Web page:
Delta Air Lines cracks down on the zoo in the sky
Airline cries foul as passengers stretch support animal credulity, writes Justin Bachman
The day of the service duck and emotional support chicken on airlines may be drawing to a close.
Delta Air Lines says it will more thoroughly vet passengers’ efforts to fly with all manner of unusual animals, which often board US airlines under the guise of psychological or medical support.
"Customers have attempted to fly with comfort turkeys, gliding possums known as sugar gliders, snakes, spiders and more," the airline says.
"Ignoring the true intent of existing rules governing the transport of service and support animals can be a disservice to customers who have real and documented needs."
From March 1, Delta customers travelling with a service or support animal must show proof of the animal’s health or vaccinations 48 hours before a flight. Besides a letter signed by a doctor or mental health worker, people with psychiatric service or emotional support animals must sign a form to attest that the animal can behave.
"The measures are intended to help ensure that those customers travelling with a trained service or support animal will no longer be at risk of untrained pets attacking their working animal," Delta says.
Delta flies about 700 service animals a day — a 150% increase since 2015. The Atlanta-based company says reported "animal incidents" have increased 84% since 2016, including on-board problems with urine, faeces and aggressive behaviour.
In June, an Alabama man was taken to an Atlanta hospital with facial wounds after a dog lunged at him on a Californian-bound Delta 737. A police report said the dog was issued to a US Marine for support.
The airline considers the matter a safety risk, Delta spokeswoman Ashton Morrow says. "There is a lack of regulation and what we’re trying to do is put some more arms around the process and ensure we’re keeping safety top of mind."
For several years, flight attendants have been calling attention to the probable abuse of rules allowing service dogs and emotional support animals in aircraft cabins. In many cases, the animals aren’t confined and may amble about the cabin, creating safety concerns.
The Association of Flight Attendants "adamantly supports" Delta’s policy change, president Sara Nelson says, as "it appears there is growing abuse of the system. We are hearing a public outcry to stop the abuse."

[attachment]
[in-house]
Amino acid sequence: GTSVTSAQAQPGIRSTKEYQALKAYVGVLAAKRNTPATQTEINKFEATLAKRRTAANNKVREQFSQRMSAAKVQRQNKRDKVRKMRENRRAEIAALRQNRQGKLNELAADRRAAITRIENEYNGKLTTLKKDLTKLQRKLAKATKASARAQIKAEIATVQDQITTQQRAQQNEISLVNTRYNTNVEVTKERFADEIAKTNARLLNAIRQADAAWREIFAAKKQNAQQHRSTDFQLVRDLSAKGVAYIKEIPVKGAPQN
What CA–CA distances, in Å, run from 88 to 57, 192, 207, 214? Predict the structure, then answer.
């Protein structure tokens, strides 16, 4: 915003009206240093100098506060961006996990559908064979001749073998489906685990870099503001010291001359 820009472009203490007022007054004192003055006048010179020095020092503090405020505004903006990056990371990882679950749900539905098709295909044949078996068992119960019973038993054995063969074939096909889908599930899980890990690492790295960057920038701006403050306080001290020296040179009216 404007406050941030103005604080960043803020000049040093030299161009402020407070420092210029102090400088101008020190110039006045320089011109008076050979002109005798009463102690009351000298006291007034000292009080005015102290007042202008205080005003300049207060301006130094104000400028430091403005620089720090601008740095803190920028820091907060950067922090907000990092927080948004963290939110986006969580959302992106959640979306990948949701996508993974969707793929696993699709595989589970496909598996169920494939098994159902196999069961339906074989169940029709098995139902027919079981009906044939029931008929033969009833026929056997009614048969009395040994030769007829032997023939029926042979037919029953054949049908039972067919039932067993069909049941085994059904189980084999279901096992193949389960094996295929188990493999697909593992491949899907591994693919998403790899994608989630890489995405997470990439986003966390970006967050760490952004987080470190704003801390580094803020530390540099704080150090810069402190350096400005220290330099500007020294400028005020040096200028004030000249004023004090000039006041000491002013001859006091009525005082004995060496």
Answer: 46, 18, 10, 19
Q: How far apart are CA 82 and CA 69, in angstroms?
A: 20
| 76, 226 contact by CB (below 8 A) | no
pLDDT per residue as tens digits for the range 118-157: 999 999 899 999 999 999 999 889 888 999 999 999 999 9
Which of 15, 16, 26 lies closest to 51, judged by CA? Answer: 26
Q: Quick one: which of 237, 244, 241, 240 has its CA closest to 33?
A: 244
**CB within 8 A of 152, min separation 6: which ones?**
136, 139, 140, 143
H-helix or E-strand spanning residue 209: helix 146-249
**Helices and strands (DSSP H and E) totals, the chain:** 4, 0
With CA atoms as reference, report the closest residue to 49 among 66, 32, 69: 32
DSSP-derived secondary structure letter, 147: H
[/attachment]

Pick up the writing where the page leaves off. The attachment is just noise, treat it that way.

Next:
The 1986 Air Carrier Access Act requires airlines to transport disabled passengers’ service and support animals, but the department of transport allows carriers to require documentation from the animals’ owners. Even with the proper verification, airlines may refuse to fly the animal "if the service animal’s behaviour in a public setting is inappropriate or disruptive to other passengers or carrier personnel", the department of transport wrote in a 2005 guide for airlines.
The department says it will monitor Delta’s policy to make certain "it preserves and respects the rights of individuals with disabilities who travel with service animals". But it adds that "airlines are not required to accommodate unusual service animals, such as snakes, reptiles, ferrets, rodents, and spiders".
It isn’t clear what has spurred the increase in animals on planes in recent years. In some cases, airlines have banned certain breeds of dog from cargo holds due to the stress those animals experience in flight.
There has been a proliferation of online screening sites to allow passengers to "diagnose" anxiety or other disorders and offer a document designating their pet as a support creature.
Morrow says Delta will be interested to see the effect on service animal volume after the policy is enacted.
Rival American Airlines echoes the carrier’s concerns and praised the new rules.
"We are looking at additional requirements to help protect our team members and our customers who have a real need for a trained service or support animal," it says. "Unfortunately, untrained animals can lead to safety issues for our team, passengers and working dogs onboard aircraft."